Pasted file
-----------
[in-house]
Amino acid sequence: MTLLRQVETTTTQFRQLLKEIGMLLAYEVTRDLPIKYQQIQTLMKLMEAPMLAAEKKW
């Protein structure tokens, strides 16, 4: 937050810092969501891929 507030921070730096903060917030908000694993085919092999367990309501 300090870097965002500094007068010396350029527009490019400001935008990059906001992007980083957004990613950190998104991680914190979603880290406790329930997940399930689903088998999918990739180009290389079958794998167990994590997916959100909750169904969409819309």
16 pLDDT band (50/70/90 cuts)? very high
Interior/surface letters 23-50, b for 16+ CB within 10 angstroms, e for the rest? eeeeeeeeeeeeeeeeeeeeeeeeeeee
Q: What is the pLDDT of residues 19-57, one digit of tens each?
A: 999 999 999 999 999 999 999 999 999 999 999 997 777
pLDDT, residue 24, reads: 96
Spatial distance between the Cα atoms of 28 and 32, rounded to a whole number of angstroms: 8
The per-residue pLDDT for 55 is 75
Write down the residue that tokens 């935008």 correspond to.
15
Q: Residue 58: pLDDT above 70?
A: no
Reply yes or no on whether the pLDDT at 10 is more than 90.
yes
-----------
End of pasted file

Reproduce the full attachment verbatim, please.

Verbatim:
[in-house]
Amino acid sequence: MTLLRQVETTTTQFRQLLKEIGMLLAYEVTRDLPIKYQQIQTLMKLMEAPMLAAEKKW
């Protein structure tokens, strides 16, 4: 937050810092969501891929 507030921070730096903060917030908000694993085919092999367990309501 300090870097965002500094007068010396350029527009490019400001935008990059906001992007980083957004990613950190998104991680914190979603880290406790329930997940399930689903088998999918990739180009290389079958794998167990994590997916959100909750169904969409819309």
16 pLDDT band (50/70/90 cuts)? very high
Interior/surface letters 23-50, b for 16+ CB within 10 angstroms, e for the rest? eeeeeeeeeeeeeeeeeeeeeeeeeeee
Q: What is the pLDDT of residues 19-57, one digit of tens each?
A: 999 999 999 999 999 999 999 999 999 999 999 997 777
pLDDT, residue 24, reads: 96
Spatial distance between the Cα atoms of 28 and 32, rounded to a whole number of angstroms: 8
The per-residue pLDDT for 55 is 75
Write down the residue that tokens 């935008």 correspond to.
15
Q: Residue 58: pLDDT above 70?
A: no
Reply yes or no on whether the pLDDT at 10 is more than 90.
yes